LONDON, March 15, 2016 /PRNewswire/ -- Oil production from the Organization of the Petroleum Exporting Countries (OPEC) fell by 90,000 barrels per day (b/d) to 32.34 million b/d in February despite higher volumes from sanctions-free Iran, according to the latest Platts survey of OPEC and oil industry officials and analysts.
The rise in Iranian output was offset by a sharp drop in production in OPEC's second largest producer, Iraq. Production also dipped in Nigeria, the United Arab Emirates (UAE) and Libya, but edged up in Angola and Kuwait.
"Iranian supply was relatively predictable when sanctions were in place," said Margaret McQuaile, senior correspondent for Platts, the leading independent provider of information and benchmark prices for the commodities and energy markets. "Now, one of the biggest questions for OPEC – and Saudi Arabia – is how many additional barrels will be flowing onto the market at a time of continuing oversupply."
Powerhouse producer Saudi Arabia maintained output at 10.2 million b/d, the survey showed. OPEC's top producer and non-OPEC Russia agreed at talks in Qatar last month to freeze production at January levels if other key producing countries, both within and outside OPEC, did the same. A possible meeting that would bring other producers together to formalize an output freeze has yet to be arranged.
Russian energy minister Alexander Novak has said that consultations were continuing among producers as to where and when the proposed meeting would be held. It remains unclear which producers may attend, and whether Iran, which has rejected any suggestion that it freeze production at a time when it is trying to recover from the burden of sanctions, will participate.
Iran, following the lifting of sanctions in mid-January and seeking to regain its former share of the global oil market, boosted output by 210,000 b/d to 3.12 million b/d. A number of Tehran's former customers – including France's Total, Spain's Cepsa and Russia's Lukoil -- have already signed up for Iranian barrels.
Iraq accounted for the biggest single fall, with output down 200,000 b/d month on month at 4.13 million b/d in February. The dramatic drop was driven mainly by the closure of a key pipeline in the middle of the month after attacks on the Turkish section of the line, which transports crude from northern Iraq and semi-autonomous Iraqi Kurdistan to Turkish Mediterranean port Ceyhan.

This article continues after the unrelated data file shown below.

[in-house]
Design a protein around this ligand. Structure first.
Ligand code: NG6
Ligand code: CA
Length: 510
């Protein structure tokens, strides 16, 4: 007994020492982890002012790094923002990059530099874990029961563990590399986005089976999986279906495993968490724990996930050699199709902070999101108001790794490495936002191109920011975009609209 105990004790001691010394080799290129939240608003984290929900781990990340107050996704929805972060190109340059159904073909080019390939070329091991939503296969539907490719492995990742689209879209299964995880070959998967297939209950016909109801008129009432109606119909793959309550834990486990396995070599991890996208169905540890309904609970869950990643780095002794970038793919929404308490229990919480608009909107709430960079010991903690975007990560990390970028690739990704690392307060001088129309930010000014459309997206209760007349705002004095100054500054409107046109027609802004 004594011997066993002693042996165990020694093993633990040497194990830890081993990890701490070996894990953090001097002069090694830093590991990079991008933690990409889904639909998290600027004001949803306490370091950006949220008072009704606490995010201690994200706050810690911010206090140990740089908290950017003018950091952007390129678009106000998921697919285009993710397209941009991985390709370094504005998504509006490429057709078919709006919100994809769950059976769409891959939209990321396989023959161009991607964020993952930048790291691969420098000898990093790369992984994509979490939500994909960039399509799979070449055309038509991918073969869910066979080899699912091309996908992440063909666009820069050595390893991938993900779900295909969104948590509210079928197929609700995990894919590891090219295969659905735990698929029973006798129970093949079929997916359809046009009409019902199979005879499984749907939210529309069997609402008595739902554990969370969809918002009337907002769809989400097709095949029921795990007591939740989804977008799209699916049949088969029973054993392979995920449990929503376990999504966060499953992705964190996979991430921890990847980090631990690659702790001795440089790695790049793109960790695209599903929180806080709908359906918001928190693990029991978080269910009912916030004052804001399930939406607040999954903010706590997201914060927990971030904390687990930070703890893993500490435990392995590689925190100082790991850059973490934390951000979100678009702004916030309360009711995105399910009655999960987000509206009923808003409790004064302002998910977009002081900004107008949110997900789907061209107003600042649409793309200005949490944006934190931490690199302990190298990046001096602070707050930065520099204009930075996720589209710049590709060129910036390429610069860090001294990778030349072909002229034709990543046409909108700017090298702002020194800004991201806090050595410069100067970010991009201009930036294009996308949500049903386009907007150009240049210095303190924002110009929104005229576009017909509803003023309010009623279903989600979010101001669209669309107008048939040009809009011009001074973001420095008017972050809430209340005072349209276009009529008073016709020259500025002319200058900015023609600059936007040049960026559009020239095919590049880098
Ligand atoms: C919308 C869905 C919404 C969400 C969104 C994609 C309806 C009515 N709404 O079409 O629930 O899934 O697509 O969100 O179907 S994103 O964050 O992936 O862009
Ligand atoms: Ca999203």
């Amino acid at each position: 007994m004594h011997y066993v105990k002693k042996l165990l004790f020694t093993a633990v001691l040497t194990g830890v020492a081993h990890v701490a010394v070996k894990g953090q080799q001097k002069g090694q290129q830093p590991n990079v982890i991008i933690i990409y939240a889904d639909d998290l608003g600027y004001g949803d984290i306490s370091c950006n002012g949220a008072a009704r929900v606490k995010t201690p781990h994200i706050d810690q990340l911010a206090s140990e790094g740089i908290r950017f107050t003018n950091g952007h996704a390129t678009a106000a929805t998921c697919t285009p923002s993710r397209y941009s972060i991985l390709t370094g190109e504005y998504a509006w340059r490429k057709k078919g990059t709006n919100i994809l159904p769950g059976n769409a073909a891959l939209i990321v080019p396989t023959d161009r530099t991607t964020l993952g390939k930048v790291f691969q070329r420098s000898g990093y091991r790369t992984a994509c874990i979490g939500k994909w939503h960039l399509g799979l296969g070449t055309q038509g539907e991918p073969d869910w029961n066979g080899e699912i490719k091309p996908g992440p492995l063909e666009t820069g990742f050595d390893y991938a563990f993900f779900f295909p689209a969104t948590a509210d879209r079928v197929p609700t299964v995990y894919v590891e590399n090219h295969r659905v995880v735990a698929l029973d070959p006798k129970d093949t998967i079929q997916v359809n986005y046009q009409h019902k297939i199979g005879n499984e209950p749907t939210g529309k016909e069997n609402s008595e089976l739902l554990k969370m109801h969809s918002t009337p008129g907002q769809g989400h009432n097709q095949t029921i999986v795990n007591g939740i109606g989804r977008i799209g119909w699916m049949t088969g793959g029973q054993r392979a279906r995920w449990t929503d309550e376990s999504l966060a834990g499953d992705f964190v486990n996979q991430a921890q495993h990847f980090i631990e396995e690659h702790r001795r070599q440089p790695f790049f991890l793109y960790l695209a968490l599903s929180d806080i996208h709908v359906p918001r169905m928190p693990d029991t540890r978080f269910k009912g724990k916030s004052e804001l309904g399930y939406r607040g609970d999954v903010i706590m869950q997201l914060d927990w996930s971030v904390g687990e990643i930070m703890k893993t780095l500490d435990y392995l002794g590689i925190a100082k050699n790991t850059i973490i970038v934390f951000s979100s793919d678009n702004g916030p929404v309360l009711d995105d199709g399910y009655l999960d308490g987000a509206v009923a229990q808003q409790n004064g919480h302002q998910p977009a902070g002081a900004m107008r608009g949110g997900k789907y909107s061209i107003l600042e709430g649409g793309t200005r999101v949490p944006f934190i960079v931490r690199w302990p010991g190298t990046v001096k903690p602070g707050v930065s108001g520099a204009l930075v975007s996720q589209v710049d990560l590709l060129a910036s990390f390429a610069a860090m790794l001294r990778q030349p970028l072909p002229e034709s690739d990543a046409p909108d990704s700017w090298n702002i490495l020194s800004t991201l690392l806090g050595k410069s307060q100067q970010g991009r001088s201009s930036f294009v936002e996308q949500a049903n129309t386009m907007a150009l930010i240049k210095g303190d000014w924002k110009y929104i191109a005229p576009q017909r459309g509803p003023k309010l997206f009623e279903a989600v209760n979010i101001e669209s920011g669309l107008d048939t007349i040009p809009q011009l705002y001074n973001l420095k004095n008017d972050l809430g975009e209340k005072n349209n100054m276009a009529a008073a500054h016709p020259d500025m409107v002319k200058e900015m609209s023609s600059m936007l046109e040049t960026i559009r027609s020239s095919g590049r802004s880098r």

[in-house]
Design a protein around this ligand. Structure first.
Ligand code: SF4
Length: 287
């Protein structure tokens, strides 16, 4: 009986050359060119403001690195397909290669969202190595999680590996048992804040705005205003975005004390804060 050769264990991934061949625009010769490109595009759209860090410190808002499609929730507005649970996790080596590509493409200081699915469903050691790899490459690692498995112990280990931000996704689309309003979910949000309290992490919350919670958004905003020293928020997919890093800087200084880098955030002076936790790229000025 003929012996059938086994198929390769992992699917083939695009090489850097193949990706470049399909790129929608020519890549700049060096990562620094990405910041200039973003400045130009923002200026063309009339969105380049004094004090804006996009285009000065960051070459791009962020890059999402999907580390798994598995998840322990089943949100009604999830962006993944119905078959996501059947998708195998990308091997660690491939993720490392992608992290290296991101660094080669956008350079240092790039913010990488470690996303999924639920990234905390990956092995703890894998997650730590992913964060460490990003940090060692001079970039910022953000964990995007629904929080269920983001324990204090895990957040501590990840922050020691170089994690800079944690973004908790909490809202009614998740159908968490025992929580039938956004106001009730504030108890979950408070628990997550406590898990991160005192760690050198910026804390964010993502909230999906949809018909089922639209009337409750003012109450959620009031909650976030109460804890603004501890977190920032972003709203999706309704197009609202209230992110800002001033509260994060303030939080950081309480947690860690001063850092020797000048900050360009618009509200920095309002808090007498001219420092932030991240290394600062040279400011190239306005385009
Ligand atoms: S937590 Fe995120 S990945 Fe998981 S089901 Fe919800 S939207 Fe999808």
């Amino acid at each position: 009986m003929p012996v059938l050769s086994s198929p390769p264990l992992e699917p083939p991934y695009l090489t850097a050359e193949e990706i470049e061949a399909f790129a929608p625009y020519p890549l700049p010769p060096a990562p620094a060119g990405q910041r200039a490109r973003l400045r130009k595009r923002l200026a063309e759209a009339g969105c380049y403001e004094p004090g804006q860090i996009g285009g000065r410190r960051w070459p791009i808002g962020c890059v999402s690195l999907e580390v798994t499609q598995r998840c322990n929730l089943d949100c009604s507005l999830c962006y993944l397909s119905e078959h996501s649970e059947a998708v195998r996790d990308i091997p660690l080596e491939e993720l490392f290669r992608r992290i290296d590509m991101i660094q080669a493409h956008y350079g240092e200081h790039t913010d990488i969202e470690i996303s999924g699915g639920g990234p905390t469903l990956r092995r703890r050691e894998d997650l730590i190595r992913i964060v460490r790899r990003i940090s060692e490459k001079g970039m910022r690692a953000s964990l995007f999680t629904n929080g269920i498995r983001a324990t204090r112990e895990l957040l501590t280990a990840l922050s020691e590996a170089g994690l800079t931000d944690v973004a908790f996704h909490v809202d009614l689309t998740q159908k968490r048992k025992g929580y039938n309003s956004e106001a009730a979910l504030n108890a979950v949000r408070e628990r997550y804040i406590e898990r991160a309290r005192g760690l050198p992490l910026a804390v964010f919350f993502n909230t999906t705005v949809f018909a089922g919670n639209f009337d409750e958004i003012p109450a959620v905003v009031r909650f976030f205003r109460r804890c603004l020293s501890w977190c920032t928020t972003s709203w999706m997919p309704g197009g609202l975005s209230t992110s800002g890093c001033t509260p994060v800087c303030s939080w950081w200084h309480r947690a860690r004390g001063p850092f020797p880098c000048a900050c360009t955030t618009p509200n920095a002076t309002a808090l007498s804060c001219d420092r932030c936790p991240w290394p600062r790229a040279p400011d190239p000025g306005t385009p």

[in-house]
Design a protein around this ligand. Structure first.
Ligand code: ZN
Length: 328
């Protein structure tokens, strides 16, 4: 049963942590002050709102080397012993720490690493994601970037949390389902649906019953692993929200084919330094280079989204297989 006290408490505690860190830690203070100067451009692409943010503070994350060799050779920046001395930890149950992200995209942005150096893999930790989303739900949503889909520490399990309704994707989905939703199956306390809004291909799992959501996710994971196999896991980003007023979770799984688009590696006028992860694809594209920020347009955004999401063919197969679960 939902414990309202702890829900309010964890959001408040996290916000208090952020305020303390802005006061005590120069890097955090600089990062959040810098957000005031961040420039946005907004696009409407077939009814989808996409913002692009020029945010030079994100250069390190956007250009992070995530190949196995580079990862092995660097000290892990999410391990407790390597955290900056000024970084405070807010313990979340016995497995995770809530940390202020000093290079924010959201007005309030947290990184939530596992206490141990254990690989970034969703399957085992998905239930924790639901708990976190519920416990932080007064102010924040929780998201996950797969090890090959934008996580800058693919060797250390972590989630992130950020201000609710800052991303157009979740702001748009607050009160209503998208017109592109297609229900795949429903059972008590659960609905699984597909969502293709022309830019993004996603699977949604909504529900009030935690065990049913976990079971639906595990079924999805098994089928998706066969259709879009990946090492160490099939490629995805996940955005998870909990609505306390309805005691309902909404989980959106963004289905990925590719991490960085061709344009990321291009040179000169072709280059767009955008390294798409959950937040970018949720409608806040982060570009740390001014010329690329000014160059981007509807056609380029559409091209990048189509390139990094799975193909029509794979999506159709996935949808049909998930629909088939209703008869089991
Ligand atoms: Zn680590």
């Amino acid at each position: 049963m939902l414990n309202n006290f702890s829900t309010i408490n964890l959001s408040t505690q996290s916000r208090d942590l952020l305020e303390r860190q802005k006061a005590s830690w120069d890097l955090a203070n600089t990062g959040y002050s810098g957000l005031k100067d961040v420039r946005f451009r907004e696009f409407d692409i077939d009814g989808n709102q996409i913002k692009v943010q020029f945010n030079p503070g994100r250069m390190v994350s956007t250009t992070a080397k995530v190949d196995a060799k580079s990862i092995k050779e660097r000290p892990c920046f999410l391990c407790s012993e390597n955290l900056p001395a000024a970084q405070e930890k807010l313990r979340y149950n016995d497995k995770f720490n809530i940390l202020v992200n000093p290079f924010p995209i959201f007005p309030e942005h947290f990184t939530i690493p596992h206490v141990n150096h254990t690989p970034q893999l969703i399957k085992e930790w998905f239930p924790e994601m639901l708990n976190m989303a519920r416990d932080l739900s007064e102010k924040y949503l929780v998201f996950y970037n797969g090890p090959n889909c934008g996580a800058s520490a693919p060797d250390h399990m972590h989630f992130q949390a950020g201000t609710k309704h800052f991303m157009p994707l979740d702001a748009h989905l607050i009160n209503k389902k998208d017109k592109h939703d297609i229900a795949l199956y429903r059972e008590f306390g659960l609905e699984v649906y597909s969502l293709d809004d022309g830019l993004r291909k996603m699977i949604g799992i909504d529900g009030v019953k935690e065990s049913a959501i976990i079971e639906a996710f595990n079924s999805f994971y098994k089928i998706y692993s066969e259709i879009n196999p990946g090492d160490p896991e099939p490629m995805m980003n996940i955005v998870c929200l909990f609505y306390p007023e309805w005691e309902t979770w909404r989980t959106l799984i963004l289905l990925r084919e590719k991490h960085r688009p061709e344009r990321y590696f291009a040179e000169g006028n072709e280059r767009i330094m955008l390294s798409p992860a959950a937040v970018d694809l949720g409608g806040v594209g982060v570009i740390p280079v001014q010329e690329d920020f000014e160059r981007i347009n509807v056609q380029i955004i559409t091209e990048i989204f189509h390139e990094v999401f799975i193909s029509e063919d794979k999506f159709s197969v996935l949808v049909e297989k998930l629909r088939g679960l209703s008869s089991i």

The line restarted on Friday, two industry officials told Platts. They did not confirm pumping rates. The Kurdistan Regional Government's ministry of natural resources was not available for comment.
Oil from fields under the Kurdistan region's operations as well as oil produced in Kirkuk province by the federal North Oil Company had been flowing at an average 610,000 b/d prior to the outage, according to KRG data.
Nigerian production fell to 1.77 million b/d, down 80,000 b/d from the previous month. After several years of relative calm, the country's main oil-producing region, the Niger Delta, is seeing a rise in attacks on oil installations. Forcados production and exports have been suspended since mid-February following a sabotage-related spill on the sub-sea Forcados pipeline. In addition, some other crude grades were subject to loading delays in February due to operational issues, which affected export volumes.
UAE production in February fell by 50,000 b/d from the previous month to 2.85 million. Participants in the survey said this was due mainly to field maintenance at the Murban field, which produces Abu Dhabi's flagship grade, a light sour crude popular among Asian refiners.
Production in Libya, which remains vulnerable to attacks on oil infrastructure in the east by militants linked to the so-called Islamic State, edged down by 10,000 b/d to 360,000 b/d.
A United Nations (UN)-brokered deal between Libya's two rival governments in late December that led to a national unity government on January 19 has failed to create any semblance of political stability in the country.
The 30,000 b/d increase in Angolan output came on the back of a sizeable export program that boosted loadings of grades such as CLOV and Saturno.
State-owned Sonangol recently said it expected 2016 to be a tough year, given the current low oil price environment, but was hopeful of a rise in oil production. Average 2015 production was 1.78 million b/d, 6% up on the previous year, Sonangol said.
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